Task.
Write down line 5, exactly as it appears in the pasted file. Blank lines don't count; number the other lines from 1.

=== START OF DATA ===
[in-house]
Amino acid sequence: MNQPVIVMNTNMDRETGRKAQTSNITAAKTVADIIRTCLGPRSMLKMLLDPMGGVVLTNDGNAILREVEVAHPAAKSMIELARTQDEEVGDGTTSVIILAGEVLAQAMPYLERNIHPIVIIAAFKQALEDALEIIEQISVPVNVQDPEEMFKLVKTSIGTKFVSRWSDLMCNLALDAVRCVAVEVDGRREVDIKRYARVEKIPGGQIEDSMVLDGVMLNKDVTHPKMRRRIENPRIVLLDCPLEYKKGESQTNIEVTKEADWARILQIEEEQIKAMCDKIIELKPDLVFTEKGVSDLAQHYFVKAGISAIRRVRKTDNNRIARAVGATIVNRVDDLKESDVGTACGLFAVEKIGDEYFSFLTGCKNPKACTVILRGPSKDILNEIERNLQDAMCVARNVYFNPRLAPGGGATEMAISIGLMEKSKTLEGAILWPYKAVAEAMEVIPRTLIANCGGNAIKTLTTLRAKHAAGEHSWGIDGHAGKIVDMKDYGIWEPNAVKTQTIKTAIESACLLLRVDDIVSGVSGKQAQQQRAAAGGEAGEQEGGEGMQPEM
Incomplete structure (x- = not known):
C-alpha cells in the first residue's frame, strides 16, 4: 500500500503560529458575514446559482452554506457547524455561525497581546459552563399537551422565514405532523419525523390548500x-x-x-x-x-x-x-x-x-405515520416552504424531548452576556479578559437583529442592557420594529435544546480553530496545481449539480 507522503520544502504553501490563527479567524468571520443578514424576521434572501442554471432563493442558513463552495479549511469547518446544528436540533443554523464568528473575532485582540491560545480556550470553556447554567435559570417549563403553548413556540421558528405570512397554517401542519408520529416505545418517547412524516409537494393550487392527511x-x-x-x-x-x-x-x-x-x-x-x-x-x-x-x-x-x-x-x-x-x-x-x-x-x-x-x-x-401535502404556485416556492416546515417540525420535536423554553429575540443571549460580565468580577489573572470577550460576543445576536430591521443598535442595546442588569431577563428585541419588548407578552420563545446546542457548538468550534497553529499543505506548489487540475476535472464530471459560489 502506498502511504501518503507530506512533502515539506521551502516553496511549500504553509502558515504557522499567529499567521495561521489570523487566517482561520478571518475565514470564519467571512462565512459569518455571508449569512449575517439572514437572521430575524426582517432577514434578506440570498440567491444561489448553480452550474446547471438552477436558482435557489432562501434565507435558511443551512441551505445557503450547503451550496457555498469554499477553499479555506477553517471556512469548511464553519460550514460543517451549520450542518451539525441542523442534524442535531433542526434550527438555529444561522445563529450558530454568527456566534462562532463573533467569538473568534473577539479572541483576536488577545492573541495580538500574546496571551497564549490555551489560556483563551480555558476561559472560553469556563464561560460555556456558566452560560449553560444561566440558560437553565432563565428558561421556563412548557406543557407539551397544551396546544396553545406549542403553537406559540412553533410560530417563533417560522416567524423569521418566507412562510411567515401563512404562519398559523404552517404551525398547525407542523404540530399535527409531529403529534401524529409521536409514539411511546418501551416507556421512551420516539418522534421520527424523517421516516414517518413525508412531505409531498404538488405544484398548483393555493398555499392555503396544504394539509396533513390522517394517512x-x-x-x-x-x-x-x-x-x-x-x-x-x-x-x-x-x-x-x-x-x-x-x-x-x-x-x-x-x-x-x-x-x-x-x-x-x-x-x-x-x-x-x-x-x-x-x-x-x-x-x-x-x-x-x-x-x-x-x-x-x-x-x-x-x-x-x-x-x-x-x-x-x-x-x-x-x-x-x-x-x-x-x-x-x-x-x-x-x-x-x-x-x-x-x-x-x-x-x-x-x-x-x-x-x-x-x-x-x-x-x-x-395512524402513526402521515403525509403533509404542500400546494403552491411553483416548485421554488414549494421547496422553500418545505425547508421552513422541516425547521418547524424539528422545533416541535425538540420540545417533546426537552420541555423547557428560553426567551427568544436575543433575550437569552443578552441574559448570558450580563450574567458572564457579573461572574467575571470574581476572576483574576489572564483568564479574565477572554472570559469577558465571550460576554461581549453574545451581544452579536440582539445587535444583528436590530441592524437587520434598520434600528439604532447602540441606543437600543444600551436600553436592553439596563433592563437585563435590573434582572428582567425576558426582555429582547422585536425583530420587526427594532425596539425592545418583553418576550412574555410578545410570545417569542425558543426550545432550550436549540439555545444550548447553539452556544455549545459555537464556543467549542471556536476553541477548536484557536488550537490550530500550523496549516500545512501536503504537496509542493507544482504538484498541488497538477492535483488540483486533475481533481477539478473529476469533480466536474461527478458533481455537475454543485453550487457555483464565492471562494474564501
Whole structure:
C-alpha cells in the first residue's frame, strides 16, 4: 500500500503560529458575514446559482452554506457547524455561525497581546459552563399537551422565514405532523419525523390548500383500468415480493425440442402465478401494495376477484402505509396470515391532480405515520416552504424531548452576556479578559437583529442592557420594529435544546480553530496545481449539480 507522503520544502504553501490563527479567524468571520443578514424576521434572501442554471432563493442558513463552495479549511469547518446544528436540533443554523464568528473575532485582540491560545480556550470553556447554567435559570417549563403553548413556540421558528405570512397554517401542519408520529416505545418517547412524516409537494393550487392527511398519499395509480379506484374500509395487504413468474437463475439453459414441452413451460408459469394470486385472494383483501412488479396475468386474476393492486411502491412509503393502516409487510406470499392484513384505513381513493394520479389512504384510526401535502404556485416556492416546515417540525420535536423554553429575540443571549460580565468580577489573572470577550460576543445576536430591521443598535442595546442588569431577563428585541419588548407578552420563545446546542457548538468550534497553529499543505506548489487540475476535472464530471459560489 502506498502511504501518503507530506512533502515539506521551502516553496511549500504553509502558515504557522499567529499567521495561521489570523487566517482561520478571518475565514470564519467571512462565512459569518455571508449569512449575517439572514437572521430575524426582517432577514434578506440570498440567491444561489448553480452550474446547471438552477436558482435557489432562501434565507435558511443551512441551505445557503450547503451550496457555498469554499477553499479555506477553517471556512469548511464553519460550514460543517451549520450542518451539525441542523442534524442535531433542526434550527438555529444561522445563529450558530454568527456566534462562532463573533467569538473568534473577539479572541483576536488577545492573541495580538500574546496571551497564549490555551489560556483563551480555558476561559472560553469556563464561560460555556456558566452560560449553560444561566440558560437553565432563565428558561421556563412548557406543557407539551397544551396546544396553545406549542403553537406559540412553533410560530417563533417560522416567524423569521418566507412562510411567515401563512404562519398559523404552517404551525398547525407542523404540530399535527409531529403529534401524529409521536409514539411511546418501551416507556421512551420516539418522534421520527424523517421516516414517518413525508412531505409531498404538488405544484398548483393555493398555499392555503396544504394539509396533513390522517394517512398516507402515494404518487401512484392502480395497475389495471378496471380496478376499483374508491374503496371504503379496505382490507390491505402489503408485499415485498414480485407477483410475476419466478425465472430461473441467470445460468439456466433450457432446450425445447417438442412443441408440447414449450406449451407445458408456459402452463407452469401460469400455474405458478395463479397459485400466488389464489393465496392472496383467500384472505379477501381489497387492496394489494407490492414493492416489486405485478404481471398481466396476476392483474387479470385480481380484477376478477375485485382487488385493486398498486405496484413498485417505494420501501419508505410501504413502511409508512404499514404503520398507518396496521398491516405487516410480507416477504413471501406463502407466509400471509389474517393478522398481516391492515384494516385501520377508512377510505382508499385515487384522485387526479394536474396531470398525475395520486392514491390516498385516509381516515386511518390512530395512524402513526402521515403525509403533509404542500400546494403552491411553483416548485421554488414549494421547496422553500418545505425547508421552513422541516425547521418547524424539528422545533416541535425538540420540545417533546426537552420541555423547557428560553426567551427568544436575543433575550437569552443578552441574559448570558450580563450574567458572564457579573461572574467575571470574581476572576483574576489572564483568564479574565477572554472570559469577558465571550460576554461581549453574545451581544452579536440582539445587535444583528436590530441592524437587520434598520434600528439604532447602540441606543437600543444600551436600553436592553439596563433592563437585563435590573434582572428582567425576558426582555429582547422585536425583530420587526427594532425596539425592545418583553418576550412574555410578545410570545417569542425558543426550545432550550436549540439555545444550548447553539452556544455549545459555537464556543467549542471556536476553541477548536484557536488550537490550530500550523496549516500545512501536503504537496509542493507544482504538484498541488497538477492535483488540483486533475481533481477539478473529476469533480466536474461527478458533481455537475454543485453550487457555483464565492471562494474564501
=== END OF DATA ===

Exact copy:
Whole structure: